Most senior marketers that I come in contact with believe in the power of marketing analytics to help them make decisions. However, I often find that these same marketers have not set up the most efficient frameworks and tools to help them get the most out of their analytic efforts.
To that end, I offer the following five things I would do to really get in their head and become “Analyst to the CMO.” You probably already have the data and tools you need to take these steps. Do so, and I guarantee you will see results.
1. Know who our customers are and know how much they are worth. I want to know each customer by name, address and what they have purchased from us in the past if we capture transactions. If we don’t capture transactions, I want to survey a representative sample of our customers and gather the same information. Why? – I want to be smart about how we spend our marketing dollars. It is a fact that most of the revenue and profit at our company comes from a relatively small percentage of our current customers.
2. Create a simple, consumer-level business case pro-forma. I want to count the number of current customers we need to retain and the number of new customers we need to acquire. I want to set “realistic” retention and conversion rates to size the “opportunity pools” from which to draw these consumers and calculate the amount we can afford to spend on each consumer in the pool. Why? – I want to make sure that the Executive Team agrees on the size of the task and is aligned on the assumptions. I want the plan to be “operational” rather than “theoretical.”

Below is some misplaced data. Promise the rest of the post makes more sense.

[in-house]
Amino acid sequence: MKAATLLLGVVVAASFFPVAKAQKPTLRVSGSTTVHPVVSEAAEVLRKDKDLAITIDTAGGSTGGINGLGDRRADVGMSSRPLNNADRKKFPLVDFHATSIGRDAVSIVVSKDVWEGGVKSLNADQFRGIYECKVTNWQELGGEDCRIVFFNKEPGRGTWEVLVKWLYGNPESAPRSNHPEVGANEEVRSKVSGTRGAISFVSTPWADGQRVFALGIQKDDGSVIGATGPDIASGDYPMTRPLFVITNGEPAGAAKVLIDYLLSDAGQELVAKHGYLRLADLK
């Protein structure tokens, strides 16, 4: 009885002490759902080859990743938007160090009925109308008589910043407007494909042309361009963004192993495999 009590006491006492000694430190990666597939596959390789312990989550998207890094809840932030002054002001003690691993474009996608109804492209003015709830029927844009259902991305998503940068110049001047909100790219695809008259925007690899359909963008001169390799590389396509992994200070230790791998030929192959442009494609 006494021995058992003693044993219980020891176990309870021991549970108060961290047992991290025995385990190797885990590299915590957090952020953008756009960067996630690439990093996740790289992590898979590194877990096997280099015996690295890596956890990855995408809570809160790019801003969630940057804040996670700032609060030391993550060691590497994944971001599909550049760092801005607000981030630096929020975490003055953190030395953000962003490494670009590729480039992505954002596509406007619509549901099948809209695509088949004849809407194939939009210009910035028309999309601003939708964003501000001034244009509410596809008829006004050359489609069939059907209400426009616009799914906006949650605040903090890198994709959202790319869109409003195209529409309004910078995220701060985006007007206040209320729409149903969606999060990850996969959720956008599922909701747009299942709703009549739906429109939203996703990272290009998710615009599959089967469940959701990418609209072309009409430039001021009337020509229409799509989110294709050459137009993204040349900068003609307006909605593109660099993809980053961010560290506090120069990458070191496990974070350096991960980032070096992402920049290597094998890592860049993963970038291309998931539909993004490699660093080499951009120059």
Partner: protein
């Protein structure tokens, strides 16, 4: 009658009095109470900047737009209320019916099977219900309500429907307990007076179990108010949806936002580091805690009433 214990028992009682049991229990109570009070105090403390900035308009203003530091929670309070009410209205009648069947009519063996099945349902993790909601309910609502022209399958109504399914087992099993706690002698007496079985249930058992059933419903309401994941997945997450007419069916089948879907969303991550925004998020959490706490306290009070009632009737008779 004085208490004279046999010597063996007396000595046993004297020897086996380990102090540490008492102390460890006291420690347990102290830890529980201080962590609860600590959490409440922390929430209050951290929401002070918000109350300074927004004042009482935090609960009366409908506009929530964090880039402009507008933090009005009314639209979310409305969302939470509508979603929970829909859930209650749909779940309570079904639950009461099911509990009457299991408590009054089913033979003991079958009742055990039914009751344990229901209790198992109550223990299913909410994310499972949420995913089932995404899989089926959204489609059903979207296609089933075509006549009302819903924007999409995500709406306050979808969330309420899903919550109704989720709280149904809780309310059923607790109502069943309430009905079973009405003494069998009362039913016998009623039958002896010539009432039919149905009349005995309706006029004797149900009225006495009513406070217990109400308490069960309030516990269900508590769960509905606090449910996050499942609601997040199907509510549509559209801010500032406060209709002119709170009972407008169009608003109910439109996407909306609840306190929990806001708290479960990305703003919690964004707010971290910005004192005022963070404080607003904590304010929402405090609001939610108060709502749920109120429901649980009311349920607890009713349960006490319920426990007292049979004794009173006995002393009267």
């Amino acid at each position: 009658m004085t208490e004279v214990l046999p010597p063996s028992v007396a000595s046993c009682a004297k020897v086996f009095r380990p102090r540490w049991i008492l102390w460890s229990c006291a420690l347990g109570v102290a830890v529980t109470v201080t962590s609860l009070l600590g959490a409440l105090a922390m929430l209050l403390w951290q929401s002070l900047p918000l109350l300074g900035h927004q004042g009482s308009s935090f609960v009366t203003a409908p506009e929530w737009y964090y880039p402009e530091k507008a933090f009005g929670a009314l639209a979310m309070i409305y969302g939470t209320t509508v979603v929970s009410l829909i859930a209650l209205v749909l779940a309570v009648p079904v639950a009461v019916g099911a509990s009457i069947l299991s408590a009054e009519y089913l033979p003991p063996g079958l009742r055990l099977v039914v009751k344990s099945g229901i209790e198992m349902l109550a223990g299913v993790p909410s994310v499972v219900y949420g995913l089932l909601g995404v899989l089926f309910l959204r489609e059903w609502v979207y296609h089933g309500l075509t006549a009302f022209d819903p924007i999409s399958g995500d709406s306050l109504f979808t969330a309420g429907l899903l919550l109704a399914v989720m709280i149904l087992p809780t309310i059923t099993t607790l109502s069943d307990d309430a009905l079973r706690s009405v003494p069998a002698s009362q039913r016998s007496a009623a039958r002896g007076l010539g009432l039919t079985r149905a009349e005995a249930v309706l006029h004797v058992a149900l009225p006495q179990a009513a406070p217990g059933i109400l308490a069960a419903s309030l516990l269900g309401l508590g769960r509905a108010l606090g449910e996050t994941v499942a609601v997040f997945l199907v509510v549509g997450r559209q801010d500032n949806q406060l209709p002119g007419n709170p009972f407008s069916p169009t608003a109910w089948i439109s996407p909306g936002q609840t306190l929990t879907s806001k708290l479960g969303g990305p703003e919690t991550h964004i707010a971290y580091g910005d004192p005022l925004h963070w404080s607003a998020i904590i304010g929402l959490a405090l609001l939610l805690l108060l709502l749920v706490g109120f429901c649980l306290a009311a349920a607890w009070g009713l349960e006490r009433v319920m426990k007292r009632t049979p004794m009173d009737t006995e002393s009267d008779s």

3. Construct an “opportunity pool” of individual consumers. I want to build reliable statistical models of consumer value (revenue and receptivity) using our existing customer data, survey data and data from compiled list sources. I want to assign each consumer a “marketing allowable” (how much I can afford to spend) and a “media indicator” (how I can best reach them). Why? – I want to know who my revenue targets are by name and address (on and offline) so I can focus my efforts and eliminate redundancy in my media and list buys.
4. Implement a valid consumer-level measurement approach. I want to measure whether or not the consumers I targeted with my marketing plan wound up purchasing my brand. I want to compare these targeted consumers to a “control” group of untargeted consumers so I can determine the return on my marketing investment. If we capture transactions, we will compare those. If we don’t, we will measure via survey. Why? – I want to be accountable for our marketing spending. If it’s not working, I want to change the allocation to something that will.
5. Utilize campaign management software to deploy, track and evaluate. I want to access my targets easily for strategic planning. I want to send them to external partners for insight generation and execution. I want measures of media buys and campaigns. I want simple reports that I can share with the Executive Team to provide progress updates. Why? – I don’t want size or complexity to keep me from optimizing spending and driving results. I want a simple platform that takes advantage of automation technology to make it possible and cost effective.
Scott Bailey is executive vice president of Target Data, which unlocks the power of customer data through targeted marketing campaign execution that enables businesses to quickly identify, attract and keep their highest value customers.